CLAS staff Danielle Sabelli and Samrah Mian made submissions to the recently established BC Rental Housing Task Force, including four recommendations to protect and enhance Tenants' rights. The full submission including recommendations can be found here.
To the Rental Housing Task Force,
Re: Final Submissions from Community Legal Assistance Society (CLAS)
To begin, we are thankful for this opportunity to provide our input on our organization’s priorities for change in the rental housing context, however, we would be remiss if we did not emphasize the importance of continued, ongoing dialogue regarding housing priorities for tenants. Moreover, including the voices of indigenous communities and marginalized individuals is a vital component to ensuring the housing system in British Columbia operates inclusively, fairly, and effectively, and we believe that there is more work to be done by the government to bring these voices to the table.
For the last 47 years, CLAS has provided legal services to low income and other disadvantaged people living across the province, specializing in housing, income security, workers’ rights, mental health and human rights. We provide both service work, such as legal advice and representation within all of our programs, and systemic work on broader legal issues and legal reform that will assist our clients over the long-term. Although CLAS provides services in a variety of legal areas, housing issues continue to be a large portion of our work. Given the exceptionally high volume of evictions encountered by our office, we are uniquely positioned to identify the systemic barriers to secure, adequate housing affecting low-income and vulnerable people.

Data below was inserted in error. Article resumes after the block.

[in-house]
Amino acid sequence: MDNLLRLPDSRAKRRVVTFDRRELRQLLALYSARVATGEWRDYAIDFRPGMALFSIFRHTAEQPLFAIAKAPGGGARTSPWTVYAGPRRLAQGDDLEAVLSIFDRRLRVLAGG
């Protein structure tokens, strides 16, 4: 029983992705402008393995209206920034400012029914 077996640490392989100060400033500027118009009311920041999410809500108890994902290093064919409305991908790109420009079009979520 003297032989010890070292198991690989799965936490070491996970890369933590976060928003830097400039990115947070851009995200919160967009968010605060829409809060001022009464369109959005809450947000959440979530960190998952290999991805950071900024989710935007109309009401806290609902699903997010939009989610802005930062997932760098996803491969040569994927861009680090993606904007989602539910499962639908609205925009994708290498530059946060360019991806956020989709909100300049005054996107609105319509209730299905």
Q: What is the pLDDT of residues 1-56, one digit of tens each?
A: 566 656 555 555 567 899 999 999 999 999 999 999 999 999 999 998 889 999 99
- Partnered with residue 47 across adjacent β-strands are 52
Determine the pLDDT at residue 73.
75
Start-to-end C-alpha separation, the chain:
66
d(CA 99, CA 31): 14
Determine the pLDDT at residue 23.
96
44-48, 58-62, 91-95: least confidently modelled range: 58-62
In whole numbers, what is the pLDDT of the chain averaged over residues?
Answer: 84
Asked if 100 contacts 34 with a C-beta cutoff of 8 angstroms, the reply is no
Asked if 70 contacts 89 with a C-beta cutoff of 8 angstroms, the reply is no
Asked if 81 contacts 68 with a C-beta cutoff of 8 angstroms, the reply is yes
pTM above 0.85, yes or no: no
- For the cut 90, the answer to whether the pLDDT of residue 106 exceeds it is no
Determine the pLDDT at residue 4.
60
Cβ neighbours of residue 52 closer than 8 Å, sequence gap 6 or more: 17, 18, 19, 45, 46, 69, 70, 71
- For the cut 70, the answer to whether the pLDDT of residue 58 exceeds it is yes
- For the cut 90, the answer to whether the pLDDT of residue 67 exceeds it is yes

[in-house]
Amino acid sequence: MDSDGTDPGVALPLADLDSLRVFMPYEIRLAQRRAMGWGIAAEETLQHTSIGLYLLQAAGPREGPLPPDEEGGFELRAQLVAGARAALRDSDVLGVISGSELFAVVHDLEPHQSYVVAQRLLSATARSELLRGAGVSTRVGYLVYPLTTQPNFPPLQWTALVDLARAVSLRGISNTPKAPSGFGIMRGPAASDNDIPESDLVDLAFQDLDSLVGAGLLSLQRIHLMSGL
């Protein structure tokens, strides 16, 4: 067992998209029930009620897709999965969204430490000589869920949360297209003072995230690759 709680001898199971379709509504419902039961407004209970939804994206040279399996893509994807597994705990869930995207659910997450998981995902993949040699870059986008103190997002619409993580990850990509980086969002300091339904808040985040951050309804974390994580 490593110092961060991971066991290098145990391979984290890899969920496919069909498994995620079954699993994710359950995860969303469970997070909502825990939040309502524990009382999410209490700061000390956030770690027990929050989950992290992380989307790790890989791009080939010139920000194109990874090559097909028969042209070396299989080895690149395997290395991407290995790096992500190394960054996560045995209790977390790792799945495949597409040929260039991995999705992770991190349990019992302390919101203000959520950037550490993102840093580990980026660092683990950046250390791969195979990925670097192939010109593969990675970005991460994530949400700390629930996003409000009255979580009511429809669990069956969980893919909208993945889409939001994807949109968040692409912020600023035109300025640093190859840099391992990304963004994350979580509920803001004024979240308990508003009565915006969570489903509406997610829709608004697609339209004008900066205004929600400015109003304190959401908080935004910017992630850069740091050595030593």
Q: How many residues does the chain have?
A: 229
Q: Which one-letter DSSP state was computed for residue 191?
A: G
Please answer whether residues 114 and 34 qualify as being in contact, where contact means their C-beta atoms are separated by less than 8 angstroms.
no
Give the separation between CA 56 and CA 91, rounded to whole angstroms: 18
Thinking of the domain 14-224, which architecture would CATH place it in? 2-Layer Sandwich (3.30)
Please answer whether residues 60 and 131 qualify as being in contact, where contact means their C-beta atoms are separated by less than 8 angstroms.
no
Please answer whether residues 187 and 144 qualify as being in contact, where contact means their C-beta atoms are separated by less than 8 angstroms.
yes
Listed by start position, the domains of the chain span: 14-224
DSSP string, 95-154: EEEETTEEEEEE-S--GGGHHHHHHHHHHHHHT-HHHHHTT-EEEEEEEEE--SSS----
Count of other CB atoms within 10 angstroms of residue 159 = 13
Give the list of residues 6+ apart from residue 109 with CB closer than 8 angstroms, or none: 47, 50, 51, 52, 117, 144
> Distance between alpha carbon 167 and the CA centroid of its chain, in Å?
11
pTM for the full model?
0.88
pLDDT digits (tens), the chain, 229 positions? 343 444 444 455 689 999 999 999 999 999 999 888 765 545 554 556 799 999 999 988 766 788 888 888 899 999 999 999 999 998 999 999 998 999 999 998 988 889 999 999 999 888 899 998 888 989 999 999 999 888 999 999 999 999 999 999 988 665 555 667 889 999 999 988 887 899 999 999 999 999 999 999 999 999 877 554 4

In making the recommendations that follow, we must emphasize that this is a housing crisis for tenants, not landlords and developers. This crisis is reflective of a system wherein property rights are secured and maintained, while the welfare, security and safety of tenants is degraded and dismantled. This is evidenced through the submissions provided to the Rental Housing Task Force from organizations representing landlords and developers. In reviewing the various submissions from these groups, their priorities are primarily focused on preserving the current law and/or implementing changes that allow them to secure a further economic advantage. Comparatively, the priorities outlined by organizations representing tenants include significant and substantive legal change and reform aimed at increasing housing security and protection. This difference between the two positions cannot go unnoticed—landlords and developers appear to be satisfied with the status quo, while tenants are calling for meaningful change. While striving to balance our tenancy laws to ensure safe, secure and affordable housing is laudable, the government cannot begin this work when the current situation exemplifies imbalance. Tenants’ rights must first be protected and then enhanced in order to meet the government’s ambitions. Only then can we begin a conversation premised on balance.
For any meaningful change to occur in this context, tenant protections and housing security need to be strengthened through the prevention of unjust and unmerited loss of individual housing and affordable housing stock. This must also include the creation of a fair and meaningful dispute resolution process. Above all, the housing needs and interests of marginalized people who are homeless or in danger of being homeless must be understood as a top priority. The impacts of homelessness on the lives of this population are particularly complex and significantly compound the barriers and challenges they may already face. You will find our priorities and recommendations appended to this letter.
The new government has pledged to alleviate the rental crisis, to strengthen tenant protections and to bolster the services provided by the Residential Tenancy Branch. In order to make good on these promises, sweeping reforms as outlined in our priorities and recommendations are required in order to rectify the harm that has been experienced by tenants across the province.
Danielle Sabelli, Barrister and Solicitor
Samrah Mian, Intake Coordinator
Enclosure: Residential Tenancy Recommendations and Priorities
Full submissions including recommendations.